‘Let there be bread‘

Bread is the most widely-eaten food in the world. It is a staple food served and consumed in almost all households every single day especially in Western countries such as in Europe and the United States.

It’s no different in the Philippines.

Here, the top five most commonly consumed foods are rice, salt, cooking oil, coffee and bread, according to a food consumption survey by the Food and Nutrition Research Institute of the Department of Science and Technology (FNRI-DOST).

Here the Pandesal stands as the unofficial king of pastries, alongside iconic variants like pan de regla, ensaymada, pita, and the mamon.

But bread not only fills our tummies, but also gives us the nutrients our bodies need. 

Furthermore, bread is an essential source of carbohydrates aside from other starchy food such as pasta, rice, potatoes, breakfast cereals and other grains like rye and barley. Beans, peas, lentils, peanuts, and corn are carbohydrates, too. All these provide fuel for the brain and energy for a person to function properly throughout the day.

By combining together a dough of flour and water, a baker could have a very tasty creation; crispy on the outside that would make someone lick lips, fluffy and soft in the inside that would melt on the tongue.

And don’t forget the inviting aroma of freshly-baked goods and pastries wafting along the street when you pass by cafés starting to open their businesses, as you stroll around and drink your joyous cup of morning coffee.

As early as 30,000 years ago, it is believed that baking bread has already been an activity done by pre-historic humans, thus, making it one of the oldest food made by humans. 

From water and grains, they used to prepare the liquid gruel then turned them solid by frying them on heated stones. Traces of starch have been discovered in ancient mortar and pestle-like rocks, according to a 2010 study by the National Academy.

It is believed that the ancient Egyptians were the first to use yeast to leaven the dough. The Romans invented two types of ovens which are the brick oven and the “three-legged” pot. Also, the Normans used  crop rotation practices and built watermills and windmills for improved flour production.

Bread-making further evolved from the 18th century up to the present where roller flour mills, loaf tins, steam powered mills, then steel roller mills were invented; from wooden and coal burning brick ovens to gas ovens; and then finally, highly-automated flour mills with steel rollers were created in the 20th century.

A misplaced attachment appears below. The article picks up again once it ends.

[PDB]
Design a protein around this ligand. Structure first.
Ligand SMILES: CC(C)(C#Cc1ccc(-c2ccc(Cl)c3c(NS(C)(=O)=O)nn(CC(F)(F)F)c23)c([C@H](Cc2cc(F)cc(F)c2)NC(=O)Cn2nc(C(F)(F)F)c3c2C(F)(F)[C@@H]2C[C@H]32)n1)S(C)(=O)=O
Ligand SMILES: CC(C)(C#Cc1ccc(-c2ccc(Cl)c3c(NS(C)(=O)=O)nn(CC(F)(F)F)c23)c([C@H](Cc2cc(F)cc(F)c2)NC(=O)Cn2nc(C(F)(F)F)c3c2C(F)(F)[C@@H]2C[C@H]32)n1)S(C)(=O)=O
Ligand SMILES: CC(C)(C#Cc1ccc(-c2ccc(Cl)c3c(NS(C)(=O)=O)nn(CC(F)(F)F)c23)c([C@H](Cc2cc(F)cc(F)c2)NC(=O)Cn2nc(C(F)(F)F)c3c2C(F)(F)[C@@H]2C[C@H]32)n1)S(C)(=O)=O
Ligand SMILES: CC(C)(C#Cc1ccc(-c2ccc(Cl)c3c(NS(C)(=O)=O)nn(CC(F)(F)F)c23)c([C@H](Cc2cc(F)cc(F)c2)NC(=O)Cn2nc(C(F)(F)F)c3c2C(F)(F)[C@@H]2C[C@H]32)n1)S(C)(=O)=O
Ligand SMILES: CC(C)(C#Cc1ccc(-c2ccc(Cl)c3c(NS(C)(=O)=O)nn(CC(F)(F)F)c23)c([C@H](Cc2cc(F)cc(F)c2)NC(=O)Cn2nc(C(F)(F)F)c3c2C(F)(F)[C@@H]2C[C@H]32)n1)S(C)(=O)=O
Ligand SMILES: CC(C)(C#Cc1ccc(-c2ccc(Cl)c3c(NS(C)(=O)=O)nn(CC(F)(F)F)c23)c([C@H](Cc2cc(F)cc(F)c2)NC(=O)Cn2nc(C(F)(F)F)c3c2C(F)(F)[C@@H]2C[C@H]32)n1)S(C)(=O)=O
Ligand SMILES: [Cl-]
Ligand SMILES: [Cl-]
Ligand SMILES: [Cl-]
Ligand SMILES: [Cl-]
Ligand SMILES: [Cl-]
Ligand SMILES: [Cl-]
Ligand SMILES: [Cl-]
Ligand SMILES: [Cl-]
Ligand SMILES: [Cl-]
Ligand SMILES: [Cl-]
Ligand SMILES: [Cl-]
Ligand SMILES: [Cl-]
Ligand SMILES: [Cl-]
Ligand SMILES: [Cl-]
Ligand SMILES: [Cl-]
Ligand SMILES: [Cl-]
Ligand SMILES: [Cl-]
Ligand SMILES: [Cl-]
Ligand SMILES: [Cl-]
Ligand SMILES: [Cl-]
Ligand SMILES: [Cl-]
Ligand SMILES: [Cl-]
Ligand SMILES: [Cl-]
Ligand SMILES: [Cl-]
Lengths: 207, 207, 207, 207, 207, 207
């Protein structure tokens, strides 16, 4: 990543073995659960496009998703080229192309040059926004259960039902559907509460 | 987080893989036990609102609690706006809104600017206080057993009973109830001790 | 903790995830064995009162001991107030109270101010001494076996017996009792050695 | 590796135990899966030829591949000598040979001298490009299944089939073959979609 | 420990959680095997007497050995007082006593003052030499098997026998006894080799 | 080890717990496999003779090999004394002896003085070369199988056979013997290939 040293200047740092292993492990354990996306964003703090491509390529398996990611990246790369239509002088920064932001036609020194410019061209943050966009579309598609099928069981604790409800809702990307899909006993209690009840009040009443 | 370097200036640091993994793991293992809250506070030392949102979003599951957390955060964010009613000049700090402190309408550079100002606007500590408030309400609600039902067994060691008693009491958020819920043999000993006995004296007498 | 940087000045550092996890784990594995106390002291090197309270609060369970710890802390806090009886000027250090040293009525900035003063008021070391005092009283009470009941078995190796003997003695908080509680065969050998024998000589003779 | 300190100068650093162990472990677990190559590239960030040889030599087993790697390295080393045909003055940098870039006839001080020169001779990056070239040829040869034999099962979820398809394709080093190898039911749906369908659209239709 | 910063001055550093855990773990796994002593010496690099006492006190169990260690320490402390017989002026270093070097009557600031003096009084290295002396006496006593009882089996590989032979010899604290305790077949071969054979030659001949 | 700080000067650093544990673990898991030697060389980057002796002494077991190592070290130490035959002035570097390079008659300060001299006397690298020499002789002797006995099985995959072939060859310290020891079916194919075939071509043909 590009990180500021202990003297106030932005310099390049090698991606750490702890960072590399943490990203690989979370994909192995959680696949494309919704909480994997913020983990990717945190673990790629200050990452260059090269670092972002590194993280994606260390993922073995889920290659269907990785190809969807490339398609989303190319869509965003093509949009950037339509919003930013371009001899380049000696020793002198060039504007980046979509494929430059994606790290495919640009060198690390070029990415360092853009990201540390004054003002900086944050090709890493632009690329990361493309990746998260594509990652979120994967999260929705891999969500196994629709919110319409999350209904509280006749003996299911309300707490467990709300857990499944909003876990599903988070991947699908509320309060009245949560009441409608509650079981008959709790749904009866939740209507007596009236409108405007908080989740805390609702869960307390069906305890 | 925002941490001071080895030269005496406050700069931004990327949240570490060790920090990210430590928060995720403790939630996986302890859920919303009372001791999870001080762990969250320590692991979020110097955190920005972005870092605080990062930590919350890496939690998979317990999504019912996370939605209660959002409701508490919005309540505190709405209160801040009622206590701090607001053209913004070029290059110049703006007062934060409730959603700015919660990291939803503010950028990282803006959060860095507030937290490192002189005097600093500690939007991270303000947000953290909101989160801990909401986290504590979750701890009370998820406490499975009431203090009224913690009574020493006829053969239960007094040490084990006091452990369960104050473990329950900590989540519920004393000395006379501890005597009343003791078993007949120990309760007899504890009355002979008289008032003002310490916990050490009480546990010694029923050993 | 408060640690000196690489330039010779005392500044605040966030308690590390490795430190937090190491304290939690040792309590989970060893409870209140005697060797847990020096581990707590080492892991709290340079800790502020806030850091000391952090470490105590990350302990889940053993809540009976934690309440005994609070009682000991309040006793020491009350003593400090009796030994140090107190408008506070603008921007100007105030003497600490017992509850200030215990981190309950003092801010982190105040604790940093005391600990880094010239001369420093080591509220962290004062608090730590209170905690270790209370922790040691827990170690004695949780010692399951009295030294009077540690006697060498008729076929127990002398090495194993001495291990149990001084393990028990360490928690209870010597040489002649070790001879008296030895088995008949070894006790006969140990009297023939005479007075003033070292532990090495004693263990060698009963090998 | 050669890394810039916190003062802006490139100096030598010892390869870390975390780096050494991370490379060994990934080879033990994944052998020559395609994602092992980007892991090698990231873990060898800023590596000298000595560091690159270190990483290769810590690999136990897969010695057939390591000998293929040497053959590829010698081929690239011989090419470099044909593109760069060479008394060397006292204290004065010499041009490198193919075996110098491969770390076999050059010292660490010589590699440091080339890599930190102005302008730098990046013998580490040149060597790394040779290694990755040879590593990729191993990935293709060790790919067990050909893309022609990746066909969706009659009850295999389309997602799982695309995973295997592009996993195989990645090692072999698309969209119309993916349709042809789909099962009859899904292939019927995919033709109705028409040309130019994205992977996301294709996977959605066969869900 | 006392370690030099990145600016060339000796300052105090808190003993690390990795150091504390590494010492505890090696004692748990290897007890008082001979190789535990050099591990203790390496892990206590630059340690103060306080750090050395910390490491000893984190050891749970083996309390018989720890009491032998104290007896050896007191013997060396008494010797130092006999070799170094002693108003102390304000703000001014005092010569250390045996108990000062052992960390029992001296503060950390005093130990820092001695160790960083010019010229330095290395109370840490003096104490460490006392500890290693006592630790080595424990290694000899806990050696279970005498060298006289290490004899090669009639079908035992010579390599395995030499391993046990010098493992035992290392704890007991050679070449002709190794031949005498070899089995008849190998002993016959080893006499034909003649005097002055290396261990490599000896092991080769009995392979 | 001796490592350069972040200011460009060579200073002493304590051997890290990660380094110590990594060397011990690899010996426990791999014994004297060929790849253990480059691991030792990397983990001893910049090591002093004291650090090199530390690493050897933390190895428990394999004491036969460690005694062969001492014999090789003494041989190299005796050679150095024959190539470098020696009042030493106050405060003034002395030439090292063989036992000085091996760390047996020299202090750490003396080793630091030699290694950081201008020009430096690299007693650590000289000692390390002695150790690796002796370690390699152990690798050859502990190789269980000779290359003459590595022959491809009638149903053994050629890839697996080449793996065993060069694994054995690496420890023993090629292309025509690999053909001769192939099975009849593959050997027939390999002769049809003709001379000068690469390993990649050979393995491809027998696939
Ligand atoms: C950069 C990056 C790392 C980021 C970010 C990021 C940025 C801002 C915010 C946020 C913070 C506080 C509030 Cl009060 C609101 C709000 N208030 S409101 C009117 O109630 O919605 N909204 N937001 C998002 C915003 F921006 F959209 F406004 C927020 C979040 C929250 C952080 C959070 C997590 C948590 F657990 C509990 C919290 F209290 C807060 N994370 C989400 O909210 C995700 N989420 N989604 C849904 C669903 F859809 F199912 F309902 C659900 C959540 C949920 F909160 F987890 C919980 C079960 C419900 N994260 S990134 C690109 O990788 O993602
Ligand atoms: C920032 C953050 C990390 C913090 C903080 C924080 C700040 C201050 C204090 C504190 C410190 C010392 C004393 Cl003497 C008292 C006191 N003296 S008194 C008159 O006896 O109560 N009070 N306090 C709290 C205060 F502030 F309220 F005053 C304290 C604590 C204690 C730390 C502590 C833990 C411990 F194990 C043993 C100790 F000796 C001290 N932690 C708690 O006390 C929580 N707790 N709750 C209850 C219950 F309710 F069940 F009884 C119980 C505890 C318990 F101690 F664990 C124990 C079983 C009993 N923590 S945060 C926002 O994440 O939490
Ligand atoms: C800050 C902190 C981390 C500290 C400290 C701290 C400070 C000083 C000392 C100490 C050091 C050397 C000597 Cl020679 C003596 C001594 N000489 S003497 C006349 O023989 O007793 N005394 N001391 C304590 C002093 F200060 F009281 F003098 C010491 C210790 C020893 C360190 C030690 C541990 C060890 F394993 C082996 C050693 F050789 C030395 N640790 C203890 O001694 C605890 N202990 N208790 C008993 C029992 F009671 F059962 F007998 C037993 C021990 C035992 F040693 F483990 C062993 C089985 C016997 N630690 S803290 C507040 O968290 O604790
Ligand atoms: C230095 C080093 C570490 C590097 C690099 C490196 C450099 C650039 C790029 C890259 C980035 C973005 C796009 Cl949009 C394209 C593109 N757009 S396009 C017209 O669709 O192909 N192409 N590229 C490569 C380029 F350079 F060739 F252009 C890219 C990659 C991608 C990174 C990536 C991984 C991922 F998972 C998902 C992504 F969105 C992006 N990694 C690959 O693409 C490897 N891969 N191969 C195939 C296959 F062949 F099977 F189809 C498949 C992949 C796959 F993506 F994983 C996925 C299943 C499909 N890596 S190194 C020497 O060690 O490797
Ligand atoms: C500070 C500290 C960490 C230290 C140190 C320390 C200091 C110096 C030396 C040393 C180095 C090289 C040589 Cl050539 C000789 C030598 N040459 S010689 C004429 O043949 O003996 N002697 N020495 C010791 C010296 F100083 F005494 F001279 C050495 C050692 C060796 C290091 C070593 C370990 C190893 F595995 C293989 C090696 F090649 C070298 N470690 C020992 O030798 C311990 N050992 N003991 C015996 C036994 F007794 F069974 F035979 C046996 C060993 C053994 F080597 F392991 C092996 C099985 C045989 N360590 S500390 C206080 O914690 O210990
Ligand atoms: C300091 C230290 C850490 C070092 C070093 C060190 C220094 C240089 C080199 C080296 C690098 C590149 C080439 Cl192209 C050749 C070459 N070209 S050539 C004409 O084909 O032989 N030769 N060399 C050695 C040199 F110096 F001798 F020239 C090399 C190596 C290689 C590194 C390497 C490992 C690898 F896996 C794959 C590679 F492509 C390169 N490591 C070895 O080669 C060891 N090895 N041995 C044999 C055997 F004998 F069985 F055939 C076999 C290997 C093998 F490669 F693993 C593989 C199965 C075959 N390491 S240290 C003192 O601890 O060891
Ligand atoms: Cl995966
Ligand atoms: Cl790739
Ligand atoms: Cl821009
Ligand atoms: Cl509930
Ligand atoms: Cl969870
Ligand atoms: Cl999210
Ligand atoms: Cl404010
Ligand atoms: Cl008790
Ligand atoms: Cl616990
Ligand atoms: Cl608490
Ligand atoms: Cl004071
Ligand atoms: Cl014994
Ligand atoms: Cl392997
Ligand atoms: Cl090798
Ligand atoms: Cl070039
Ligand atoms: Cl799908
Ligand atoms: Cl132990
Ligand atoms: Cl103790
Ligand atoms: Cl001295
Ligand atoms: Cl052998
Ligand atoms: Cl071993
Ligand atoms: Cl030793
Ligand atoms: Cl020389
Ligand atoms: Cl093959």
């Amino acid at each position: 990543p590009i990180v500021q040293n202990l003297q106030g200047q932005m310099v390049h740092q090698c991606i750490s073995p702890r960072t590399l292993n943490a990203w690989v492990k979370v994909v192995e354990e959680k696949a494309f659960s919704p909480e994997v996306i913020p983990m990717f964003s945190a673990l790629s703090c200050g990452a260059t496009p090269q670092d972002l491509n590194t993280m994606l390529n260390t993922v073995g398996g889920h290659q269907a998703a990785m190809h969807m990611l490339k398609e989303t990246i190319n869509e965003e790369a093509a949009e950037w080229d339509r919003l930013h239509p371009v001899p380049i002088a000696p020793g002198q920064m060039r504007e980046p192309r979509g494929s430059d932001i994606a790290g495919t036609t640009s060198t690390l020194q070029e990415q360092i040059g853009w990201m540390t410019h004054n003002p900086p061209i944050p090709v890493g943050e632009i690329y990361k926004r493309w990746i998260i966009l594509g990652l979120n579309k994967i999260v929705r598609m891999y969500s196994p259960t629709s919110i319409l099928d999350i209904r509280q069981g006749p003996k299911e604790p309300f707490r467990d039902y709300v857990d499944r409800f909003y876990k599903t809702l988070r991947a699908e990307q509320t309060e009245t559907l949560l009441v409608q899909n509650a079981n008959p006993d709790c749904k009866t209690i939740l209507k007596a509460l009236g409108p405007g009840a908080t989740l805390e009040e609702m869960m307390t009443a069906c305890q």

There are traditional bread recipes that have been passed down from the ancient generation to the next in many of the varying cuisines worldwide.

Bread is usually made from wheat, but other cereals, including rye, barley, oats, maize, rice, millet, and sorghum can also be used.

Today, endless varying flours and other ingredients such as additives like nuts, fruits, margarine and dairy products such as cheese, butter, eggs, milk, and cream helped evolved bread-making to make different types, shapes, sizes, and textures of these deliciously-baked goods.

 Chemical but safe additives such as artificial color and flavoring are used also, to not only improve apperance and taste but for improved shelf life as well.

Some of the best types of bread are croissants, baguettes, brioche, sourdough, focaccia, ciabatta, rye bread, garlic bread, whole-wheat bread, pita, naan, banana bread, bagels, multigrain breads and so much more.

Bread is also considered an important ritual element in some religions, including Christianity and Judaism.

Initiated by the International Union of Bakers and Confectioners (IUBC), this occasion has been observed throughout the years as dedication to a staple food that has been crucial for people around the world to survive since the break of dawn.

Also, this celebration was started to commemorate the anniversary of the creation of the Food and Agriculture Organization (FAO) of the United Nations. Created in 1945 to defeat hunger, it has a Latin motto, Fiat panis, which means “Let there be bread”.

Furthermore, World Bread Day also coincides with World Food Day.

So what are you waiting for? Let’s get this bread!

Topics: Bread , Food and Agriculture Organization , World Bread Day , World Food Day , Food and Nutrition Research Institute , Department of Science and Technology
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